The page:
But it was the butterflies, at the Natural History Museum, that really provided a spiritual, joyful, powerful experience for me.  I have always thought that ‘chrysalis’ was a beautiful word; and, like many middle class kids, my third grade classroom had a butterfly garden in which we watched the full four stages of monarch’s.  My strong emotional tie to butterflies stems in part from this experience.  I remember releasing the monarchs on the school lawn, and later finding one whose wings had not been properly unfolded, and couldn’t fly.  I named him “Crumple” and took him home, where he lived in our upstairs playroom under the constant care of my little brother and me for his full two-week life span.  I memorized everything about his movements.  We fed him sugar water in the lid to a jar, and I loved to watch his “tongue” uncoil to take in the artificial nectar.  To me, he was fascinating, and ethereally beautiful, and one of my very favorite pets (though the mammal, reptile, crustacean, and fish companions were many when I was growing up).  

The incredible spiritual experience I had in the indoor butterfly garden was exactly the kind of contemplative, uplifting, inspiring, energizing event that I need at this moment in my life.  I am only saddened that my film malfunctioned somehow and the photos were lost.  However, I intend to revisit the butterflies soon, like a mecca, and spend the better part of the day in the entire museum (taxidermy is also one of my latent interests, as the incredible art form that it actually is.)  Both are good raw material for metaphors, of course.  It’s getting awfully late, and this post is winding down.  I only wanted to share the Wikipedia article about Butterfly life-cycles, in particular, these passages about chrysalis, which bear uncanny, and almost too-obvious-to-mention, resemblance to the kind of presipice I find myself faced with at the present time:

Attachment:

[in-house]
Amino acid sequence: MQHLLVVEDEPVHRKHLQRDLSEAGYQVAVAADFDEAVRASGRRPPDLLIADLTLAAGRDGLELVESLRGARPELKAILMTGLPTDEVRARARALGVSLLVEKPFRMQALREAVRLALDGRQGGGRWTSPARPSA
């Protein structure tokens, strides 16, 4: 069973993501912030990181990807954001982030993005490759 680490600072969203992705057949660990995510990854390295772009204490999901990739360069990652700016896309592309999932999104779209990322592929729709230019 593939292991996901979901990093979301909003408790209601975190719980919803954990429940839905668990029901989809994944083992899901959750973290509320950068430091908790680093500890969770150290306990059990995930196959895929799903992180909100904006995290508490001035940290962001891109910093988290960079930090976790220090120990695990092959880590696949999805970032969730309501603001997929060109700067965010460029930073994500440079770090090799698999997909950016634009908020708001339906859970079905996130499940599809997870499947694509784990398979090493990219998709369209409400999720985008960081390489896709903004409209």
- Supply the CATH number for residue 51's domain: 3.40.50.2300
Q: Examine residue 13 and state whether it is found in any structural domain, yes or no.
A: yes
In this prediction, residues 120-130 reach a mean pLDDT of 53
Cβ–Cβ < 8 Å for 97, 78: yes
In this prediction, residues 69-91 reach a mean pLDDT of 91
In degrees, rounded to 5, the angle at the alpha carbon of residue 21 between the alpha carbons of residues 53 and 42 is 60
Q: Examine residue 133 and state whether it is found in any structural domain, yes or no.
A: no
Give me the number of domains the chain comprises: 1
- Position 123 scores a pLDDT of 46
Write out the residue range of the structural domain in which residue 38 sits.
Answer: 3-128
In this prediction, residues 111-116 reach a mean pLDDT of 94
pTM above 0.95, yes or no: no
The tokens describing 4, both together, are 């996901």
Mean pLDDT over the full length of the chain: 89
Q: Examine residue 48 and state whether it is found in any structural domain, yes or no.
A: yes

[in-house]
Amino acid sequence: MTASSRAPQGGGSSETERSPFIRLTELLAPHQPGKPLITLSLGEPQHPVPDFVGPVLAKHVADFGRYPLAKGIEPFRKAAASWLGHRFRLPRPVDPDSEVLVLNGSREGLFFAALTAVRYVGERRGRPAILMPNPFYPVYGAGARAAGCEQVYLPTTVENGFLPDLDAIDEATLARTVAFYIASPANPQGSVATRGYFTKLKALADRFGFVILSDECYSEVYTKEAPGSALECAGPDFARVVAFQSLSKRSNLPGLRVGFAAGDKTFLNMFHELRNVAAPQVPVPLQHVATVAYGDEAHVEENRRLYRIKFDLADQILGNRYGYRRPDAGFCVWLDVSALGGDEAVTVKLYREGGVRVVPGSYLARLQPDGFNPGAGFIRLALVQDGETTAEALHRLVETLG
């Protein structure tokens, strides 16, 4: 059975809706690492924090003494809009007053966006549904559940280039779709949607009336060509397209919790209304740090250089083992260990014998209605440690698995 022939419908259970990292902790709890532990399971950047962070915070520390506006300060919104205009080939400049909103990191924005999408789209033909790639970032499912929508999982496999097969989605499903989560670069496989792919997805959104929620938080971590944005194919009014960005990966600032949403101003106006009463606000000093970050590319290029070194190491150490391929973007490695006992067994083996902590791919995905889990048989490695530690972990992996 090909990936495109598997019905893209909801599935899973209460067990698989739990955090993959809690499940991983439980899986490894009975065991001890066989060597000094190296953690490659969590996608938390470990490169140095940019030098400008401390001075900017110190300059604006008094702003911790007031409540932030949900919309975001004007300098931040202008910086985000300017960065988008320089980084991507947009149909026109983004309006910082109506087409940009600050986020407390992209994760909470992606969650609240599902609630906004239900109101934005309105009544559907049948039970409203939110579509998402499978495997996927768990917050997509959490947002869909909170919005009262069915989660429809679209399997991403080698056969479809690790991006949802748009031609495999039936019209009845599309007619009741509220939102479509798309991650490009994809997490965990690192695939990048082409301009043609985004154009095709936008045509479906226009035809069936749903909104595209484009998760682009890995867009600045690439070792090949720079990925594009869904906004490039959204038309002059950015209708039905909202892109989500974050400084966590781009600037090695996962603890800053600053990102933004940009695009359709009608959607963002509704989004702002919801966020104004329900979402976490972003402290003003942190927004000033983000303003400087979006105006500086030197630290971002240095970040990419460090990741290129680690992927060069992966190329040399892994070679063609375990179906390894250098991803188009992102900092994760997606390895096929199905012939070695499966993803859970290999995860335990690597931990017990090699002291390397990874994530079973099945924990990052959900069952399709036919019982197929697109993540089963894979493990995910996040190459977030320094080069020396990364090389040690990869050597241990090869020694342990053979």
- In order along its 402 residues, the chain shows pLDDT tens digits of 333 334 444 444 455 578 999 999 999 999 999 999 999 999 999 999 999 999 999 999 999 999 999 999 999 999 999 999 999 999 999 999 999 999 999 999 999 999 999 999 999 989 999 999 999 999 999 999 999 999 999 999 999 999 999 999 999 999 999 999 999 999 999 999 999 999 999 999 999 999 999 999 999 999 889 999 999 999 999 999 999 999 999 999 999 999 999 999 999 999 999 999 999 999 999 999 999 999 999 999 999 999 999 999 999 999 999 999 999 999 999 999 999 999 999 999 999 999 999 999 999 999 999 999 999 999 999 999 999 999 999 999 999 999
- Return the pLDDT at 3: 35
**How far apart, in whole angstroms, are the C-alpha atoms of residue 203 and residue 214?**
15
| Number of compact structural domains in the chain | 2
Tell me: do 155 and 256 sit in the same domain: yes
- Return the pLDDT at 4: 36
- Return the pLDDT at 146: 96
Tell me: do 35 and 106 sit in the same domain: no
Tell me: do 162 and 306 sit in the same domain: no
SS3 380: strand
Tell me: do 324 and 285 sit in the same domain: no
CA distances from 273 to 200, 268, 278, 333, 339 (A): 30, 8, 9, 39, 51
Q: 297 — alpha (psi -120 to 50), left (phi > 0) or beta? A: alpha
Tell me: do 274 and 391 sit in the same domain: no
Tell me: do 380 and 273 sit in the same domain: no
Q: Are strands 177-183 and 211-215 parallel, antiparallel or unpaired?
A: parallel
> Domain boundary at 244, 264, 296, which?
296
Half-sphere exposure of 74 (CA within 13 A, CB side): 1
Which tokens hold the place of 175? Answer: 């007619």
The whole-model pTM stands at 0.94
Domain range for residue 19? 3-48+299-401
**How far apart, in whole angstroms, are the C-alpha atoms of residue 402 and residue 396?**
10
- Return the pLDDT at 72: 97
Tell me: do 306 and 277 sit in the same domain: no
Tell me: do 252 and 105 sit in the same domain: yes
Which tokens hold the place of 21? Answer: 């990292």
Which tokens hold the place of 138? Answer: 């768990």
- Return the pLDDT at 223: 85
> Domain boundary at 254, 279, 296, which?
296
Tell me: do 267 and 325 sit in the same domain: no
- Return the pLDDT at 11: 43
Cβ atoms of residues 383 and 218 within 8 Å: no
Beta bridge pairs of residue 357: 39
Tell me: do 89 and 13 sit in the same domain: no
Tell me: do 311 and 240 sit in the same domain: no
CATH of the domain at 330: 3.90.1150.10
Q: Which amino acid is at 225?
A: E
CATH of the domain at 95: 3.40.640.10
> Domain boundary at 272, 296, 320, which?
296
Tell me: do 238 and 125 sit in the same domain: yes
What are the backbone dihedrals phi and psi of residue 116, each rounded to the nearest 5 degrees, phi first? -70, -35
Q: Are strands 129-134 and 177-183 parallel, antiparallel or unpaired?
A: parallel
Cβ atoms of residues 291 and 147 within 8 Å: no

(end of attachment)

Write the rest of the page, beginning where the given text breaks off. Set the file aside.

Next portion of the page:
chrysalis (Latin chrysallis, from Greek χρυσαλλίς = chrysallís, pl: chrysalides) or nympha is the pupal stage of butterflies. The term is derived from the metallic gold-colouration found in the pupae of many butterflies referred to by the Greek term χρυσός (chrysós) for gold…

Like other types of pupae, the chrysalis stage in most butterflies is one in which there is little movement. However, some butterfly pupae are capable of moving the abdominal segments to produce sounds or to scare away potential predators. Within the chrysalis, growth and differentiation occur. The adult butterfly emerges (ecloses) from this and expands its wings by pumping haemolymph into the wing veins.[2] This sudden and rapid change from pupa to imago is called metamorphosis.

 And, I’ll leave you (brave readers who have made it this far) with an image of a vacated luna moth cocoon:

and a brief quote from Rainer Maria Rilke’s book Letters to a Young Poet:

Perhaps it will turn out that you are called to be an artist.  Then take your fate upon yourself and bear it, its burdens and its greatness, without ever asking for that reward which might come from without.  For the creator must be a world for himself, and find everything within himself, and in Nature to which he has attached himself.  (13)